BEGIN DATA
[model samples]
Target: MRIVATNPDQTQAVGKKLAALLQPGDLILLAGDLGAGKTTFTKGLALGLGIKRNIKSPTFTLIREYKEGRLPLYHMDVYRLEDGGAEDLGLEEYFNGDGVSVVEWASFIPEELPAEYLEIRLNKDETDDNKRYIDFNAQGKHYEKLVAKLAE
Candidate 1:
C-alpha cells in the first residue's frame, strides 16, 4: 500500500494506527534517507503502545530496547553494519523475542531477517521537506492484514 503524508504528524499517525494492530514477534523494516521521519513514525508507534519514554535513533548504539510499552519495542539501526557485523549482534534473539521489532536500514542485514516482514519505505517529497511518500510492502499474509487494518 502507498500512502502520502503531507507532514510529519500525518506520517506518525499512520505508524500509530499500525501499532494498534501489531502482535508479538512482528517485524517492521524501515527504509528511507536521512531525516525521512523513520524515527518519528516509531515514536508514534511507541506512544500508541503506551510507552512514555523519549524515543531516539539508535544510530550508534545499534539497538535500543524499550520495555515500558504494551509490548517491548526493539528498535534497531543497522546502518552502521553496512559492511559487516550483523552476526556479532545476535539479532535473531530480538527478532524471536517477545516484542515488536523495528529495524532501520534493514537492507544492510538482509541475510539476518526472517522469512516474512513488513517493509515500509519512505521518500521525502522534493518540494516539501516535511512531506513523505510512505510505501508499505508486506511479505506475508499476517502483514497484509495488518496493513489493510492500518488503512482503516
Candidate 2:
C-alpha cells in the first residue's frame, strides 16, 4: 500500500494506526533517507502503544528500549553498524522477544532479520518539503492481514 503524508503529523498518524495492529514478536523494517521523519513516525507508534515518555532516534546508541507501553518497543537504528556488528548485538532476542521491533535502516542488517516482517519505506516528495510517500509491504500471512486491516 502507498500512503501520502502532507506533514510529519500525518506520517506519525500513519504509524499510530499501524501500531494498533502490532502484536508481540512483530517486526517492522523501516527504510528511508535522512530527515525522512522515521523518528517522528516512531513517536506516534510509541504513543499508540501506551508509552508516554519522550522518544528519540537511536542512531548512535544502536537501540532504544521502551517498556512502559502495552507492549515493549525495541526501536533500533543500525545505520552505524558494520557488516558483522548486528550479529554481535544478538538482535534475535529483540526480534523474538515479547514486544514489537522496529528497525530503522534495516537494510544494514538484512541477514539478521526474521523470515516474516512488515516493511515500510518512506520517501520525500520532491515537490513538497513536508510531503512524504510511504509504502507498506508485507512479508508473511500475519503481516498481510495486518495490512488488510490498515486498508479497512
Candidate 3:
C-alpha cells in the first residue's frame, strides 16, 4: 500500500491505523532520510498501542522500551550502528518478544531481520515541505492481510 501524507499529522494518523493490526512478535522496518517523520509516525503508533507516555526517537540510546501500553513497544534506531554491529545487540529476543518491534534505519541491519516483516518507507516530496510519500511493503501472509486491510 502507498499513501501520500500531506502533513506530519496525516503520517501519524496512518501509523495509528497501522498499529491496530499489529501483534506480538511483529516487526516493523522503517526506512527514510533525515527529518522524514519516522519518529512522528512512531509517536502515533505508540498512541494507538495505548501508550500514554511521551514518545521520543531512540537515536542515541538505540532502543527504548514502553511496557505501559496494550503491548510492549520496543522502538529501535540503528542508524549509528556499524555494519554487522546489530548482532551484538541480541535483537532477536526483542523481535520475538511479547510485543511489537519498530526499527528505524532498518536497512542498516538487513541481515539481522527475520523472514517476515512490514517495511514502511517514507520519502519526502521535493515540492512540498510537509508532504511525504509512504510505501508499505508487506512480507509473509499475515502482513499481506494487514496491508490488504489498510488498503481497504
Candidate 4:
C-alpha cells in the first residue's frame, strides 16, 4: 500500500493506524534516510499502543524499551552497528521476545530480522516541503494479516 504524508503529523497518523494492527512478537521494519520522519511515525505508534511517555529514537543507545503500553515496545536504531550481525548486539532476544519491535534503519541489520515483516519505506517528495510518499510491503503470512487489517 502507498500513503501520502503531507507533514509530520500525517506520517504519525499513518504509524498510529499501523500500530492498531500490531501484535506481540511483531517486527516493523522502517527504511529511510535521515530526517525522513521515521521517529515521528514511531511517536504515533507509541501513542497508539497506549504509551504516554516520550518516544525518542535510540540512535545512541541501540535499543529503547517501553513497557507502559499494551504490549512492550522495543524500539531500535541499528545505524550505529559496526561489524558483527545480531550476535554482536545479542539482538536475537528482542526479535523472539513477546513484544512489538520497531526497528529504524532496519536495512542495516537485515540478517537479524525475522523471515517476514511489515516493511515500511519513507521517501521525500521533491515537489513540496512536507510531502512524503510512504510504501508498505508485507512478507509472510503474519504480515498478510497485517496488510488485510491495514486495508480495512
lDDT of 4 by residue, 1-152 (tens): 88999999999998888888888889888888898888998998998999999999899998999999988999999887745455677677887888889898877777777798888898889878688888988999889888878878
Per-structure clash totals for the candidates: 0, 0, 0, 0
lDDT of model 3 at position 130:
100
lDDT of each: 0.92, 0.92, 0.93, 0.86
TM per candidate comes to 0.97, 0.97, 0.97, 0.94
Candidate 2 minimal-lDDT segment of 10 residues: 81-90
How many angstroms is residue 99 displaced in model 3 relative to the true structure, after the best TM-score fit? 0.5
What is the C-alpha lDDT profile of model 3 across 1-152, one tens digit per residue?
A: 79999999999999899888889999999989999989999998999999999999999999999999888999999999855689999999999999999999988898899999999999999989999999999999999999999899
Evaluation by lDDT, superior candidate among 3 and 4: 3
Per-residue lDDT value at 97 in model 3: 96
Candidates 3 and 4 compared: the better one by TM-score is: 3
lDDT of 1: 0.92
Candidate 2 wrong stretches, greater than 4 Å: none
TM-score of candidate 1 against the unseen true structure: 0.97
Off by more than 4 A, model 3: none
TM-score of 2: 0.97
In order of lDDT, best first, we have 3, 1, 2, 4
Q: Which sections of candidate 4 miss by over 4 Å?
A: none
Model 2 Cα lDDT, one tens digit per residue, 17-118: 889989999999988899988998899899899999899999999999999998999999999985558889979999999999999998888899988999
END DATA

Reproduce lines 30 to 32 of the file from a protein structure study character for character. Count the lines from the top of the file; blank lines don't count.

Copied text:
Q: Which sections of candidate 4 miss by over 4 Å?
A: none
Model 2 Cα lDDT, one tens digit per residue, 17-118: 889989999999988899988998899899899999899999999999999998999999999985558889979999999999999998888899988999